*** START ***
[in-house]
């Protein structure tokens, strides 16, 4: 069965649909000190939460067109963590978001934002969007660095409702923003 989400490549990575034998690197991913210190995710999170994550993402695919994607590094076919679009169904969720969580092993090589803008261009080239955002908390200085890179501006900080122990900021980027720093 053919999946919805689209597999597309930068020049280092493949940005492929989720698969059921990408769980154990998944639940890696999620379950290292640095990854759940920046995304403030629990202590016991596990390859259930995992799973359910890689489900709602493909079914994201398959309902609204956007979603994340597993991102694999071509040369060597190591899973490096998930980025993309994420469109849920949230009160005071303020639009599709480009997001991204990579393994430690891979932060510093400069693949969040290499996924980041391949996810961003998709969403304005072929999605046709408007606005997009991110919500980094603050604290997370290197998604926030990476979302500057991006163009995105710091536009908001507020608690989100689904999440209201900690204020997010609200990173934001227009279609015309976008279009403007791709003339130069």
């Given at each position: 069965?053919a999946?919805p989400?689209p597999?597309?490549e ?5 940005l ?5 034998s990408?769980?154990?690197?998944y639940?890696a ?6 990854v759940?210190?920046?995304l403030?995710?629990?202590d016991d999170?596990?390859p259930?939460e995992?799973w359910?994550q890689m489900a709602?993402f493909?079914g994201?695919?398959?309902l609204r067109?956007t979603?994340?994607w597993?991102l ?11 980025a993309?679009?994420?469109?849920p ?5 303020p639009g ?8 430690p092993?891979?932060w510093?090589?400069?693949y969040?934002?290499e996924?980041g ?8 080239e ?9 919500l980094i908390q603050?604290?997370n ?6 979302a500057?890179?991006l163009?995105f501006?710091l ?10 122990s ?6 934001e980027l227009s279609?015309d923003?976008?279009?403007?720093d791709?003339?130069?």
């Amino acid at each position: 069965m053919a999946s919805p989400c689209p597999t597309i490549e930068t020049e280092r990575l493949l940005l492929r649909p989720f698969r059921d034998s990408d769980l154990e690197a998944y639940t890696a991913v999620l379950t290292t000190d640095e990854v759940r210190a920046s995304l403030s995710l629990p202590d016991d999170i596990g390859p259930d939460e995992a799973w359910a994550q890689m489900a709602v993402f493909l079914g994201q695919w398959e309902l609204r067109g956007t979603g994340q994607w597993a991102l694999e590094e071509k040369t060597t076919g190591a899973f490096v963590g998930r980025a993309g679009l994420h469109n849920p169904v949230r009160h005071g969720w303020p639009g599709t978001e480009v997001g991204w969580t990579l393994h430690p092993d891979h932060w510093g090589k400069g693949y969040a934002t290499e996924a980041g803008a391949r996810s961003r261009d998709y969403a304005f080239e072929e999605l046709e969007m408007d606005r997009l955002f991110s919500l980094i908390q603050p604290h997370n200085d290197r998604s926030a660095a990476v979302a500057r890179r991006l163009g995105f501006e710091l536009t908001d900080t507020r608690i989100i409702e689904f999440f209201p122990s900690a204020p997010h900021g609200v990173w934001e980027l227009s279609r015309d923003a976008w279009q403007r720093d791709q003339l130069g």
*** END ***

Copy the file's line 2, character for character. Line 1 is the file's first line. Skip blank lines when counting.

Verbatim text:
């Protein structure tokens, strides 16, 4: 069965649909000190939460067109963590978001934002969007660095409702923003 989400490549990575034998690197991913210190995710999170994550993402695919994607590094076919679009169904969720969580092993090589803008261009080239955002908390200085890179501006900080122990900021980027720093 053919999946919805689209597999597309930068020049280092493949940005492929989720698969059921990408769980154990998944639940890696999620379950290292640095990854759940920046995304403030629990202590016991596990390859259930995992799973359910890689489900709602493909079914994201398959309902609204956007979603994340597993991102694999071509040369060597190591899973490096998930980025993309994420469109849920949230009160005071303020639009599709480009997001991204990579393994430690891979932060510093400069693949969040290499996924980041391949996810961003998709969403304005072929999605046709408007606005997009991110919500980094603050604290997370290197998604926030990476979302500057991006163009995105710091536009908001507020608690989100689904999440209201900690204020997010609200990173934001227009279609015309976008279009403007791709003339130069």